What type of music turns you off? “I just CANNOT get into contemporary country. Old C&W has some valid merit and of course great musicians; I still don’t much care for it though. The stuff nowadays we call country just completely turns me off. Induces nausea, even. Most contemporary R&B and pop music kills me a little inside, too. Outside of those I can usually find something I like in just about every genre.”

Is there a style that you haven’t worked in that you would like to? “As far as genres that I’d like to explore, I’d like to go in a couple of different directions. One, I’d like to do more electronic. There are more keyboards and sequenced parts in The Parliament of Rooks album than in Vanish, but it’d be fun someday to go full on industrial-EBM or something. Second, I’d love to do something totally and unapologetically heavy metal. Something like Trivium or In Flames. Now, I don’t believe À Rebours is the medium to explore those avenues, so there might be side projects in the future, or perhaps a revival of Maxwell’s Demon outside of À Rebours. I need to get Parliament of Rooks out and the third album done as well, though, before I even entertain those ideas!”

Speaking of, how soon can we expect to have The Parliament of Rooks available? “Well that, my friend, is the million dollar question, LOL! 2013 at the earliest, hopefully not 2014 or beyond. I’m trying to balance optimism with realism. At this point that’s the best I can offer.”

How has producing The Parliament of Rooks been different than Vanish? “Compared to this, Vanish was a breeze. With all of the times that files have been lost or corrupted, that life has gotten in the way and shut me down, and now of course factoring in the physical distance from my label and their resources…it’s been very frustrating. The songwriting aspect is always the most time consuming because I obsess over so many aspects of a song. That being said, writing definitely went faster for POR than for Vanish. However, once Vanish got the green light to produce, it went fairly quickly. This album has been anything BUT quick or smooth. It’s been terribly frustrating. The music was all written three years ago!”

Do you listen to podcasts, and if so what kind and which ones? “I have listened to some, but I just don’t feel like I have the time to subscribe to them. I’ve tried before, and iTunes just ends up full of podcasts I never listen to. Then I get so fed up I just delete the whole lot. I feel lucky to have time to read a book for crying out loud.”

When you aren’t creating or playing music, do you have any other creative outlets? “Absolutely!! Music is actually my second avocation. I am a freelance illustrator/designer and I run a business called Moulin Diesel. I did all the artwork for Vanish from the tray card and J-card to the disc. Moulin Diesel did À Rebours’ website and graphics, too. Art is really the thing that feeds my soul. Music is a side dish. I’m passionate about both, don’t mistake me, but my art definitely takes precedence over my music, especially at this point in my life where the music is caught in a swamp and my art is doing well. Not to mention art actually creates an income, whereas the music most definitely does not. But alas, we don’t do creative things for the money, only for the enjoyment. Nevertheless, one has to eat, n’est-ce pas?”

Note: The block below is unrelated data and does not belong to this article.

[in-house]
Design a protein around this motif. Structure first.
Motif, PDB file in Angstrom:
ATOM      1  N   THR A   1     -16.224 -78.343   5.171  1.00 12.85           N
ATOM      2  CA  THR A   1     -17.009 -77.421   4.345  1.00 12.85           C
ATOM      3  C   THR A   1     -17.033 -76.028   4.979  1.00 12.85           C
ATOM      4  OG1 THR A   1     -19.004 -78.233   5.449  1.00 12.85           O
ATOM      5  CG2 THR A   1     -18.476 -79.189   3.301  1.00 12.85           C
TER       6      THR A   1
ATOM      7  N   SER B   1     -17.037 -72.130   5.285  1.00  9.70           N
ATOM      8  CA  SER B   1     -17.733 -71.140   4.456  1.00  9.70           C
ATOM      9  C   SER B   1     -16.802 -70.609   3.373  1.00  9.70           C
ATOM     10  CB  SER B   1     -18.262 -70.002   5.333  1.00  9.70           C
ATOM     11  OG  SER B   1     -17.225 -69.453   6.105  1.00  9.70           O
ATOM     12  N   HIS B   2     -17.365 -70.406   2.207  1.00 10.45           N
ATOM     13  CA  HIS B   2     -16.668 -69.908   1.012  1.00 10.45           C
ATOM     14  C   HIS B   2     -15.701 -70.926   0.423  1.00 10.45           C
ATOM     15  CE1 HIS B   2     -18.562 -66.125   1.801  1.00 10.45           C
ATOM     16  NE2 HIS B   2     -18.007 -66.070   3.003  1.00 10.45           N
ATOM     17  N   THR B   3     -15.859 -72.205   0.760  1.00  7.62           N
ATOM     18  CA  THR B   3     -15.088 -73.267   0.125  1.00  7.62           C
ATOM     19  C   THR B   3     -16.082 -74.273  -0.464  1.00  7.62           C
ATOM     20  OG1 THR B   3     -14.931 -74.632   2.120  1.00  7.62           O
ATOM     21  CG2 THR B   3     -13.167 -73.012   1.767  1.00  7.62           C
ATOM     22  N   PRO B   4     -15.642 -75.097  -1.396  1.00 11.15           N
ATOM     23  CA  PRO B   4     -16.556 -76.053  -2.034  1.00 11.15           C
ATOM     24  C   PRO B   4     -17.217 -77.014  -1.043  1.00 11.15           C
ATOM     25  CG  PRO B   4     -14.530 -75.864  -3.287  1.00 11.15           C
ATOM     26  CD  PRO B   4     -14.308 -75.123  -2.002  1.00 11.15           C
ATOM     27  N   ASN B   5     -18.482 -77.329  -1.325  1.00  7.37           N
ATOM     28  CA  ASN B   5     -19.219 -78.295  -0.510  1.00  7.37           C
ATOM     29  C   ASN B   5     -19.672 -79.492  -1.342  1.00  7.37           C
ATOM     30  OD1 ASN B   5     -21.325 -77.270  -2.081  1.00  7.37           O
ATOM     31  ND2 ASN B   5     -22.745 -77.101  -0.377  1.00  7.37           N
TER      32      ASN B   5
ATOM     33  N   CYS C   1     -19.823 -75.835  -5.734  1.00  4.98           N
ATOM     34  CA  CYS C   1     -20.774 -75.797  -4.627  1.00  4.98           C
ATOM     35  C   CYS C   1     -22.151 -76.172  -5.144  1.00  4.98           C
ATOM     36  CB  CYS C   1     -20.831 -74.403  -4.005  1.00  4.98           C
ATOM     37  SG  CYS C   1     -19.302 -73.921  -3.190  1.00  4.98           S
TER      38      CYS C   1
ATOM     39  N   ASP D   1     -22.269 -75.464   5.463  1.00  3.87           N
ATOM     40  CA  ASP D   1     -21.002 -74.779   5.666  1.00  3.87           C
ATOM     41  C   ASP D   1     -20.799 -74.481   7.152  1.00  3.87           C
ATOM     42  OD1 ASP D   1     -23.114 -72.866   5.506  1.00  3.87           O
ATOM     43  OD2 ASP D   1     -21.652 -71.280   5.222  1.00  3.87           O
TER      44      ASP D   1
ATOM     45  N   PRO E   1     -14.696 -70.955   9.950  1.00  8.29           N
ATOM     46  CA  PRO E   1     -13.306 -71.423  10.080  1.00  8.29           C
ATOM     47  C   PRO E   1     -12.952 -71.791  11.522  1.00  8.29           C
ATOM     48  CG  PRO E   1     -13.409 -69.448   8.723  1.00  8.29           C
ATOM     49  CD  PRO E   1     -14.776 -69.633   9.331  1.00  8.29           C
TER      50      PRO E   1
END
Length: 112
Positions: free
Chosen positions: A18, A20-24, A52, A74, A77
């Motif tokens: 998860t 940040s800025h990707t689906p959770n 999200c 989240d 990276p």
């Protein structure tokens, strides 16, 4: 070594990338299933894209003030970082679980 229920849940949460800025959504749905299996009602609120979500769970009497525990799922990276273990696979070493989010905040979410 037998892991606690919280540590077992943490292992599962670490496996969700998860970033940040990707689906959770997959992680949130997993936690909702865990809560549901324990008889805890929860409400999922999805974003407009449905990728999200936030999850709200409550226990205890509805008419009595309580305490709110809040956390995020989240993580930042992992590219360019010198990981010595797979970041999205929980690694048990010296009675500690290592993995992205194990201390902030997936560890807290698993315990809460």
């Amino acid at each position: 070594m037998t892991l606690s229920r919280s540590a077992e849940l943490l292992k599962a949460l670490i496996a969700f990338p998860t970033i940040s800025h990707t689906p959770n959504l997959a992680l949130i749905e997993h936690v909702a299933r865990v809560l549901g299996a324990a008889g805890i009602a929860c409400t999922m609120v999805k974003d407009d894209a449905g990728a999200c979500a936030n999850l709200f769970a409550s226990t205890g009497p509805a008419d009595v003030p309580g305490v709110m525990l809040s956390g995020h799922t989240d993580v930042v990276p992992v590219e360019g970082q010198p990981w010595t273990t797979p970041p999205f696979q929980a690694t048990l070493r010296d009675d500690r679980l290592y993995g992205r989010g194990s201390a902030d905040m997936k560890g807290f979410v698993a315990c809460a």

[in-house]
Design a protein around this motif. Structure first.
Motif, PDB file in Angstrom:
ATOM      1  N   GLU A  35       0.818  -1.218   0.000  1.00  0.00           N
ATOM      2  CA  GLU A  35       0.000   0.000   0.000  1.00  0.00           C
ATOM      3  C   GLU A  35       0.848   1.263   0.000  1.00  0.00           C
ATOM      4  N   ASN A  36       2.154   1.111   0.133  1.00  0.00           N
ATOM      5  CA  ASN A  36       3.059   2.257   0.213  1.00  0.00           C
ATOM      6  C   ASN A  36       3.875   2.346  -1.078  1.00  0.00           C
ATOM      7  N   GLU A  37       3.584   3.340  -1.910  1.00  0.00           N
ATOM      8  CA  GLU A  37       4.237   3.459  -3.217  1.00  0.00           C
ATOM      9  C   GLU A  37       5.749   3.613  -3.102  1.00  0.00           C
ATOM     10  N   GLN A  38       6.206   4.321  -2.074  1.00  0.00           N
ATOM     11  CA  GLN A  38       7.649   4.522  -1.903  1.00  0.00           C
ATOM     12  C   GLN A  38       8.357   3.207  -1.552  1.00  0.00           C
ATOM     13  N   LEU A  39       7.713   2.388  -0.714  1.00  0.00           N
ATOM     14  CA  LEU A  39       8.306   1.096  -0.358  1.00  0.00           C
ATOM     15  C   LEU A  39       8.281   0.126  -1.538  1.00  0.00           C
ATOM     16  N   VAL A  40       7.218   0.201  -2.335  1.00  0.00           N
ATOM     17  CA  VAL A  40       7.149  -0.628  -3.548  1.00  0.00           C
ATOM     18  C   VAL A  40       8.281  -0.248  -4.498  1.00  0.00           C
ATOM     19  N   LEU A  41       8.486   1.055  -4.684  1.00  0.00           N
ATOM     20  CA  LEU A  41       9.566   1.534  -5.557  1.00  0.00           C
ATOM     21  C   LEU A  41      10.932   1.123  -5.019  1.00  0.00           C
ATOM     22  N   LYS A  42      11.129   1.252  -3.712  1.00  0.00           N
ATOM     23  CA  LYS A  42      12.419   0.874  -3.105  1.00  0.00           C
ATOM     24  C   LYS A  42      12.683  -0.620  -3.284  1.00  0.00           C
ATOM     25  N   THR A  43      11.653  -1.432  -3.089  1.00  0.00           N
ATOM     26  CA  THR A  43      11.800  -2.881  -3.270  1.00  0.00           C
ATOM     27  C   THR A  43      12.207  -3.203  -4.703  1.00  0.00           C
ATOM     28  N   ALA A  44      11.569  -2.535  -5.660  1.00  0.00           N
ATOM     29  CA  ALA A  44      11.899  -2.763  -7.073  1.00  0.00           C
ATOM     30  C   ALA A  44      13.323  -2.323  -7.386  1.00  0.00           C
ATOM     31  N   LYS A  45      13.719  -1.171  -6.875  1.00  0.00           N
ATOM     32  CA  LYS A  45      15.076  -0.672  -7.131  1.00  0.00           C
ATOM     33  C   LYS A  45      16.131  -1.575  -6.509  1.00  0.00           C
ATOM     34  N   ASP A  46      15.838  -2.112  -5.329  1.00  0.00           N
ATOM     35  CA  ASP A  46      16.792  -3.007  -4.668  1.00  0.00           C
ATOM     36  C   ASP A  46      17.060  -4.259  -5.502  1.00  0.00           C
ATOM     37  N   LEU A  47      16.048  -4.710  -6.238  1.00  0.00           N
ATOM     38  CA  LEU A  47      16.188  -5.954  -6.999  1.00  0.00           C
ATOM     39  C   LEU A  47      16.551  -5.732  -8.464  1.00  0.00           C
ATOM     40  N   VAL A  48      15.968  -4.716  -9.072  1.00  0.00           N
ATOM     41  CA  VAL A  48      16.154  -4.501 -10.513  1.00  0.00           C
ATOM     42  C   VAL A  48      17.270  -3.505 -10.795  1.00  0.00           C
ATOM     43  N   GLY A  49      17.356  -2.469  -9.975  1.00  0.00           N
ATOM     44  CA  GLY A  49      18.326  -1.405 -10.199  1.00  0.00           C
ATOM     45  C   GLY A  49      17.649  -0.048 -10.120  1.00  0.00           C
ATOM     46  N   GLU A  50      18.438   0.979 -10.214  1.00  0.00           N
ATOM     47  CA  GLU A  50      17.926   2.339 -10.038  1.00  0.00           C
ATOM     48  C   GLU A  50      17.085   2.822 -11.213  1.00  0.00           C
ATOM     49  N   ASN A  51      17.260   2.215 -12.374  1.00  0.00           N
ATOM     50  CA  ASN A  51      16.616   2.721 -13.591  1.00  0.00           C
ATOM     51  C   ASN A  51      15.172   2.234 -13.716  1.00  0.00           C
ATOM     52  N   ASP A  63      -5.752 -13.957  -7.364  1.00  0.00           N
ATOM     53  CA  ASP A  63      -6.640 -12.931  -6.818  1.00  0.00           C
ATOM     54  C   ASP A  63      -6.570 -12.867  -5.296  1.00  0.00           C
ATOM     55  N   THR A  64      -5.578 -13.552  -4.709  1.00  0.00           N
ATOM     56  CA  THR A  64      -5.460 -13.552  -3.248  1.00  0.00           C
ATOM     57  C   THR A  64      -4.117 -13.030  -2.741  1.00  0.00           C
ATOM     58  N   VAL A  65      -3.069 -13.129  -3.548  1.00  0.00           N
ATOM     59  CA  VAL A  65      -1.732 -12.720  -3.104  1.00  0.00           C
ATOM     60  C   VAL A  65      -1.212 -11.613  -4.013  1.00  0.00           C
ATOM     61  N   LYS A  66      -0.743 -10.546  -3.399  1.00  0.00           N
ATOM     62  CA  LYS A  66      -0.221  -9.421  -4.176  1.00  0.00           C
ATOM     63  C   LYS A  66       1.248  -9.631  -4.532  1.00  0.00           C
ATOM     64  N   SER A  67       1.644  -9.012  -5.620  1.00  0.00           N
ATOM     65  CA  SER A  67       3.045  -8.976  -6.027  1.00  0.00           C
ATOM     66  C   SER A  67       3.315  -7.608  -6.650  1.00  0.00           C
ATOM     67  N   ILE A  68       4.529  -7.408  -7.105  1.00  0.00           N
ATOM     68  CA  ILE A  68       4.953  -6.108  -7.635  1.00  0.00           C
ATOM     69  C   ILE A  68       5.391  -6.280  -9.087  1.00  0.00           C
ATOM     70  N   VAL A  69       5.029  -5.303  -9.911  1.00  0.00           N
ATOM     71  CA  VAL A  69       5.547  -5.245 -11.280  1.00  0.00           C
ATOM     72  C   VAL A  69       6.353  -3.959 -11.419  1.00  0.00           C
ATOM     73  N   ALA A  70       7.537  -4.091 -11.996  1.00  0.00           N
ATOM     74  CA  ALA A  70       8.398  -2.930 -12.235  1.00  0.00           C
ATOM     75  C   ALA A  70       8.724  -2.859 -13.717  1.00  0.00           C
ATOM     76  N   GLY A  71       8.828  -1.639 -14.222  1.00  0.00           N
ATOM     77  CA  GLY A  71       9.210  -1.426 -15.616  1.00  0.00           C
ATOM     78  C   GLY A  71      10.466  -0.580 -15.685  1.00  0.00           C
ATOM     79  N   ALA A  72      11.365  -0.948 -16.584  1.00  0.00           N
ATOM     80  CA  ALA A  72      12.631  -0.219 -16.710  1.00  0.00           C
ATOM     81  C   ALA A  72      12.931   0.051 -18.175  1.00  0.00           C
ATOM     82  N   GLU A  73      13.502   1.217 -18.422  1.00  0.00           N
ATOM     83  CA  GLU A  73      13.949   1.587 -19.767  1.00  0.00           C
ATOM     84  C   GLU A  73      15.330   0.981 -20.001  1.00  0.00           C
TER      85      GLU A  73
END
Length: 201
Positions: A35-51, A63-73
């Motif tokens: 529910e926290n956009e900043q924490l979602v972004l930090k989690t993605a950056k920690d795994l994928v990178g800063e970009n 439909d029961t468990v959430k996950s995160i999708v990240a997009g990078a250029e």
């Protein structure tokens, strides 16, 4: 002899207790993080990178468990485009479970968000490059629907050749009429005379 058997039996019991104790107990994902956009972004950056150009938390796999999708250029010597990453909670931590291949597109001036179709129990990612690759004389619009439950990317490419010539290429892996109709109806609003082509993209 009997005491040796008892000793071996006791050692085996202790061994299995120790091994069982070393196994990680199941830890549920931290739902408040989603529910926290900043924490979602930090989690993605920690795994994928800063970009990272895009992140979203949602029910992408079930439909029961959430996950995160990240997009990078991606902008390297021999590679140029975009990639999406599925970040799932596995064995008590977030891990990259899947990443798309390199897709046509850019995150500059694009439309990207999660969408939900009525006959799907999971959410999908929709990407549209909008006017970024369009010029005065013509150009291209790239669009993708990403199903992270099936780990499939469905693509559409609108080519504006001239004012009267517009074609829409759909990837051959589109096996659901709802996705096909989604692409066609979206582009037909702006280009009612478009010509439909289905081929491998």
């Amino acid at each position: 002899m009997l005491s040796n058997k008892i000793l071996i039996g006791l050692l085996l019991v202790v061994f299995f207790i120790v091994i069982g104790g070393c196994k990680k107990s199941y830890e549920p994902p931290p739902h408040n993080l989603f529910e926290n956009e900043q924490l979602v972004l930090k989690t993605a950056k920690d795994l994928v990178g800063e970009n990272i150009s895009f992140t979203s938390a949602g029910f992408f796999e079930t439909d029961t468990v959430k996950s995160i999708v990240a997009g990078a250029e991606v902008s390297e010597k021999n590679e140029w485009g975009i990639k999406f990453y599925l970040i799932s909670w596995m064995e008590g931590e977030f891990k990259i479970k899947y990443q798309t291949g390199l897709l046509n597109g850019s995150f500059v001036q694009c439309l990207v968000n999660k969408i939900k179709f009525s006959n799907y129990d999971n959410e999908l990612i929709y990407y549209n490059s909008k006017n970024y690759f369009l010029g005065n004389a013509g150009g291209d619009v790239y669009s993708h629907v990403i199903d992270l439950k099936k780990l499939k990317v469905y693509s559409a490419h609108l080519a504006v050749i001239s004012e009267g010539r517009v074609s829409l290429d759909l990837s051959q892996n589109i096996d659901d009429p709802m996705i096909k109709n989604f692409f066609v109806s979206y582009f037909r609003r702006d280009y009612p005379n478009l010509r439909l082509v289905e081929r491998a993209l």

Indeed, so what’s next for you and the band? “Finish recording and release The Parliament of Rooks. That is job number one. And then, of course, play shows to support it. Given Ryan and John’s schedules, however, that second piece is tentative. Ryan’s in Connecticut playing with the band Echo & Drake which is dong fantastically well. I’m really proud of him. John, as I said, is a high school teacher so he’s really only free during the summer. I need—NEED—to release this album though and tell the story of the third album, of which I’ve already been writing for. We’ll see what the live schedule looks like, but one way or the other I need to keep sharing the music I write.”

What advice do you have to new bands? “The ‘music business’ is a sham designed to grind you up and package you as a money-making commodity for the people running the business. Avoid it. Be your own boss, learn some business practices and run your band like a business. It won’t be any harder work and you’ll be happier in the long run. And when I say treat it like a job, that means full time at the very least. It’ll require that much and more to make it into something. I think that’s why À Rebours hasn’t done better: life got in the way and I never put the 110% it took to make it. When I tried, other things suffered and cost me emotionally. For better or worse, I believe the band could’ve been more and probably still could be. But I’ve come to terms with the fact that presently it’s not and shouldn’t be my main focus in life.”

You can download their music from iTunes and Spotify, or purchase the physical CD directly from CD Baby or from their website in a merch bundle. Merchandise is available at their website: maurautius.com, as well as some other stuff on Cafépress. They are also on ReverbNation and MySpace. You can follow them on Facebook and Twitter as well.